International organisations are adding their weight to the Southern African Development Community’s demand for an end to illegal Western sanctions on Zimbabwe.
Sadc, at its recent Summit in Tanzania, declared October 25, 2019 a Solidarity Day Against Sanctions on Zimbabwe.
Now, other international organisations – some of them openly hostile to President Emmerson Mnangagwa’s administration – have come out in support of an end to the economic embargo that is adversely affecting the livelihoods of ordinary people.
Finance and Economic Development Minister Professor Mthuli Ncube recently said his engagements at World Bank and IMF annual meetings, and a panel discussion organised by Washington-based think-tank the Cato Institute, that the world was starting to agree with President Mnangagwa’s push for an end to sanctions.
“There is enormous goodwill from the international economic community and investors for Zimbabwe to succeed on its Transitional Stabilisation Programme- driven reform agenda.
“Some global think tanks such as Cato Institute, and African countries, have called for removal of sanctions on Zimbabwe, which have cut off credit lines into Zimbabwe’s private sector and, therefore, impacting negatively on job creation and the poor,” he said.
International creditors, he said, pledged to continue working with Harare in its strategy to clear its international debts.
“The IMF, World Bank and all credit countries in the G7 group support Zimbabwe’s economic reforms and institutional reforms.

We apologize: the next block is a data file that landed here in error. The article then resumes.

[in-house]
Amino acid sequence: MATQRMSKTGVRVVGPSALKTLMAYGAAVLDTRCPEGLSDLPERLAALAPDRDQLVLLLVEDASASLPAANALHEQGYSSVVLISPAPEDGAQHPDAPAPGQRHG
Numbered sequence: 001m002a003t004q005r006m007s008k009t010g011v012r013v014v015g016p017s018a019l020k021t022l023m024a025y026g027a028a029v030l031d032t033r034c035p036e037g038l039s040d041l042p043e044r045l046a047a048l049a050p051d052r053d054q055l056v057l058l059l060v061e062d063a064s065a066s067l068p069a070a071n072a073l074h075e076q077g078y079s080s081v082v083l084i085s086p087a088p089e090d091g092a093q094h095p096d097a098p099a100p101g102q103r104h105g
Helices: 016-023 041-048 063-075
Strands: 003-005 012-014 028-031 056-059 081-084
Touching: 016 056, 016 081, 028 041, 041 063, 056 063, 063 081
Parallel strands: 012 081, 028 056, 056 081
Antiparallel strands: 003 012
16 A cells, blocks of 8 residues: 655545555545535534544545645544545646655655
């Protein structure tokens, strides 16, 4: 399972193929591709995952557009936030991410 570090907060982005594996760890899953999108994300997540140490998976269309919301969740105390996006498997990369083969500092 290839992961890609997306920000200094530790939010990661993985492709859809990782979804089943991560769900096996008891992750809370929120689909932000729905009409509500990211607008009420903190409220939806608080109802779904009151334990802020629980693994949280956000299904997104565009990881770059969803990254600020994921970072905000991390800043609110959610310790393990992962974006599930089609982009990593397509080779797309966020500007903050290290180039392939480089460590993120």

“The global support for Zimbabwe culminated in the agreement by the IMF to a Staff Monitored Programme, which will pave the way for debt arrears clearance and inflows of new capital into the economy. The World Bank facilitated many forums for Zimbabwe to engage stakeholders.
“The SMP will assist Zimbabwe in creating a track record on the reform agenda under the TSP, which is already underway. The track record is a critical input into crafting a financial bailout package and arrears clearance.”
During discussions at the Cato Institute in Washington, experts were unanimous in calling for the removal of sanctions, which they said impeded Zimbabwe’s economic growth.
Professor Steve Hanke of John Hopkins University, a long-time Government critic, said sanctions should be removed “immediately”.
“Sanctions should be dropped immediately. Sanctions don’t work. The history of economic and financial sanctions is one failure after another, the production of all kinds of negative, unintended consequences,” said Prof Hanke.
American economist and journalist Barry Wood said the claim that sanctions were “targeted” was flawed.
Mr Gyude Moore of the Centre for Global Development added: “Sanctions that target the people of Zimbabwe ordinarily is not going to work and in the long term is not going to help resolve the issues in Zimbabwe.”